When the corn has tassled and the soybeans are setting pods, a lot of farmers look to their bins and find that there’s plenty of bushels to be sold. That means by mid-year, they are looking for opportunities to sell that remaining crop for as much profit as possible.
The problem with marketing grain mid-year is that we are most often in a US weather market. That means that the market is responding to US weather events, and it can mean significant ups and downs, which in turn means fund money is moving in and out of the market in a hurry. Unless you’re ready to pull the trigger at a moment’s notice, it’s a good idea to create some option strategies to get you through this volatile time of year.
First of all, take a close look at your remaining bushels in the bin. While I don’t expect farmers to forward contract 100% of their crop each year, I typically don’t want to see more than 10-25% of total bushels remaining in the bin by July 4.
For those unsold bushels in the bin, consider the following strategies:
- Buy puts, which will lock in a floor for your bushels. This gives you the right to sell at the specified price if the market moves lower but doesn’t confine you to any obligation. If you buy puts at a profitable level, you have the option of selling those bushels to ensure you don’t take a loss later in the summer.
- Buy calls, which can add value to your existing contracts by increasing the value of your crop. Again, this gives you the right to buy grain at a specified price but doesn’t require you to make that purchase.
- Watch basis closely and lock in when it’s advantageous. In some areas this time of year, the spreads are widening, suppressing basis. Know your local basis levels well.
- Look at opportunities to roll your contracts. Not all contracts can be rolled, and some contracts (hedged contracts, for example) must be done the month prior to the end of the contract period. However, rolling contracts may be a good option to consider if you have remaining bushels in the bin.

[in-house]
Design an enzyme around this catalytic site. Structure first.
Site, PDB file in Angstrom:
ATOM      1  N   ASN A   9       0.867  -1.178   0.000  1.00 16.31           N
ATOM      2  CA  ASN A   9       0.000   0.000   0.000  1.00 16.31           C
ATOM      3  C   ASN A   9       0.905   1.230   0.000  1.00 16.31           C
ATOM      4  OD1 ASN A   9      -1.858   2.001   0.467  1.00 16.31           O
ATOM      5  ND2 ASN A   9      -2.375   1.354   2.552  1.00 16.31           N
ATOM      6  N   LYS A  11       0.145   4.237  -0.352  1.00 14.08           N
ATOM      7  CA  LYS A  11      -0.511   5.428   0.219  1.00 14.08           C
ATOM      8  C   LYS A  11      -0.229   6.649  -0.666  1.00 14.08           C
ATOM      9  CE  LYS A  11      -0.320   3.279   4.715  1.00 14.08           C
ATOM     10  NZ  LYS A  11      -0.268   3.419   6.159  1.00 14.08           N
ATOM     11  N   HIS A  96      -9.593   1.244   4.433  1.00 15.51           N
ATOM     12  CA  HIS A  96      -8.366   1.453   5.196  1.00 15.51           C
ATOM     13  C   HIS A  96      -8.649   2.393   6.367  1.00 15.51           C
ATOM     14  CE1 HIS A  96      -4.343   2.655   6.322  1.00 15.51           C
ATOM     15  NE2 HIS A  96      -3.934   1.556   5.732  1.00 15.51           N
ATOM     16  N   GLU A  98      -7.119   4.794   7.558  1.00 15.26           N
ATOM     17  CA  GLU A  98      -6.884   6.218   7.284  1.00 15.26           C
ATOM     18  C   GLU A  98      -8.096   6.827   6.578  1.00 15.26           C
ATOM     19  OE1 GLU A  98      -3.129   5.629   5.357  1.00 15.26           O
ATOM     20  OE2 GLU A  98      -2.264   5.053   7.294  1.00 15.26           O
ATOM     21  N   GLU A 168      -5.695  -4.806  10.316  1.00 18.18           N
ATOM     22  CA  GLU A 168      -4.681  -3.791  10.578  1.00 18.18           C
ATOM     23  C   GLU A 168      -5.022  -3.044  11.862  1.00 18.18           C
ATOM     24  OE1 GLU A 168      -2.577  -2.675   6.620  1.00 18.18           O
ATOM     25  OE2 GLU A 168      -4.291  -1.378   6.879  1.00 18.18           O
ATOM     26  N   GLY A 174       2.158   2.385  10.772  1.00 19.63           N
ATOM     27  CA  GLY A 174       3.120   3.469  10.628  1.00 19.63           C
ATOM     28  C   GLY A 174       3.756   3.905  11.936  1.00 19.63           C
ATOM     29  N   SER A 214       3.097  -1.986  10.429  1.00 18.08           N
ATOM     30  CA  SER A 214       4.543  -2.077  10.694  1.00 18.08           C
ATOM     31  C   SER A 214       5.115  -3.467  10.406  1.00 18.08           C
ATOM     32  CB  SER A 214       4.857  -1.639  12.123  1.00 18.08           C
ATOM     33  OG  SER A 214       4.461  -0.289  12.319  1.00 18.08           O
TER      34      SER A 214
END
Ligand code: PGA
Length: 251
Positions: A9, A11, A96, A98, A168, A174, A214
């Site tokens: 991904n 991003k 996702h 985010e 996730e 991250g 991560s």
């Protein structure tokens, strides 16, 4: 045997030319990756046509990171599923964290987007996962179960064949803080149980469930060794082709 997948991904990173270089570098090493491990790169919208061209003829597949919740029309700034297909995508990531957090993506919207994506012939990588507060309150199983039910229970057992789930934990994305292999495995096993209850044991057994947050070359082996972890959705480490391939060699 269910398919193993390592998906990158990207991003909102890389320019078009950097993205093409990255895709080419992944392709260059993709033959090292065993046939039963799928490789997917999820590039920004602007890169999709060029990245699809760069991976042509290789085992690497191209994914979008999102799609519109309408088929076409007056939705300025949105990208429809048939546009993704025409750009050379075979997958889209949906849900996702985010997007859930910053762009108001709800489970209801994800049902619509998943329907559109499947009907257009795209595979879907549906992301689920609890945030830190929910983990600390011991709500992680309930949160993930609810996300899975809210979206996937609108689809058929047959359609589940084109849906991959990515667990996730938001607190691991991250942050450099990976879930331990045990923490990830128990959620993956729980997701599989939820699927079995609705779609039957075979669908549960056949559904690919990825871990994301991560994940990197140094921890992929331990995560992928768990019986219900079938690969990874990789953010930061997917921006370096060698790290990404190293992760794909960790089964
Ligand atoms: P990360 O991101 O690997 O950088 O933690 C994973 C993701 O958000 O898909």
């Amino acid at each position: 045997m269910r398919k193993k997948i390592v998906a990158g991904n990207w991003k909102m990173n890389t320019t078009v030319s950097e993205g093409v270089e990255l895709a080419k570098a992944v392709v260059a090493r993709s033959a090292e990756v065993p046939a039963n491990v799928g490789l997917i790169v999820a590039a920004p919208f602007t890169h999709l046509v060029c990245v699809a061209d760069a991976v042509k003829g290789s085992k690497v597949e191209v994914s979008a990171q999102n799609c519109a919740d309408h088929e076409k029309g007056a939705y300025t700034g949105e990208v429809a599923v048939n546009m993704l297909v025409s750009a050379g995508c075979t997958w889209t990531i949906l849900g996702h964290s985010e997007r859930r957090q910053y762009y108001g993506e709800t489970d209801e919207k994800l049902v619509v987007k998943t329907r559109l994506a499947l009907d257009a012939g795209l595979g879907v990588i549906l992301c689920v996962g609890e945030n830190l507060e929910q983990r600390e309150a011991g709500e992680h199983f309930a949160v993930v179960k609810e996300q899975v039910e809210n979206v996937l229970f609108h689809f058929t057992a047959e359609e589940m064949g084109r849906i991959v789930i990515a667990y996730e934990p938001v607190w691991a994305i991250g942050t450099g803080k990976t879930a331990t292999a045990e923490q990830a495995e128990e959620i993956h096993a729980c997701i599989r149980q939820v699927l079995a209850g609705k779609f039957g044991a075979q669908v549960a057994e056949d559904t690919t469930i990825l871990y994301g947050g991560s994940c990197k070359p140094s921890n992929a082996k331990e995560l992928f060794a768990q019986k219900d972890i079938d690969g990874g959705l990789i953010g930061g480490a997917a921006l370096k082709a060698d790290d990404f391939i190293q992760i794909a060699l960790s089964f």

Option strategies can mitigate risk for the period of time specified in the contract, and still allow you to take advantage of a rise in market prices.
Second, turn your attention to your crop in the field. By the end of summer, it’s a good idea to be around 60-80 sold. I should also note that a normal hedging program will re-own hedges a couple of times a year, to manage risk and positioning within a fluid market. This means your position sold might fluctuate outside of the given range.
Generally speaking, we typically find that farmers underestimate their production by about five percent, leading to farmers believing they are more sold than they actually are. This leaves farmers prone to selling that “extra” five percent during historically low harvest prices.
Finally, it’s important to note that by mid-summer, any remaining bushels in the bin may suffer in quality. Regardless of the price you sold those bushels for, low quality grain will most likely be docked at the elevator, leaving you with less profit than what you anticipated. Work closely with your grain advisor to evaluate if there are option strategies suitable for your farm so you can continue to sell high quality grain.
Our program, Cargill MarketGuide™, is offered by Cargill Commodity Services, Inc., a registered commodity trading advisor and wholly owned subsidiary of Cargill, Incorporated. This affiliation with Cargill provides Cargill MarketGuide™ clients with up-to-date access to market information from every major grain producing region of the world; we refer to this affiliation as the Cargill Connection. Our recommendations are driven by the desire to meet our customers’ business objectives and Cargill MarketGuide™ clients are never under any obligation to sell their grain to Cargill. Past results are not necessarily indicative of future results. The risk of loss in trading commodity interests can be substantial. Do not reproduce or distribute. © Cargill Commodity Services, Inc. 2018. All Rights Reserved.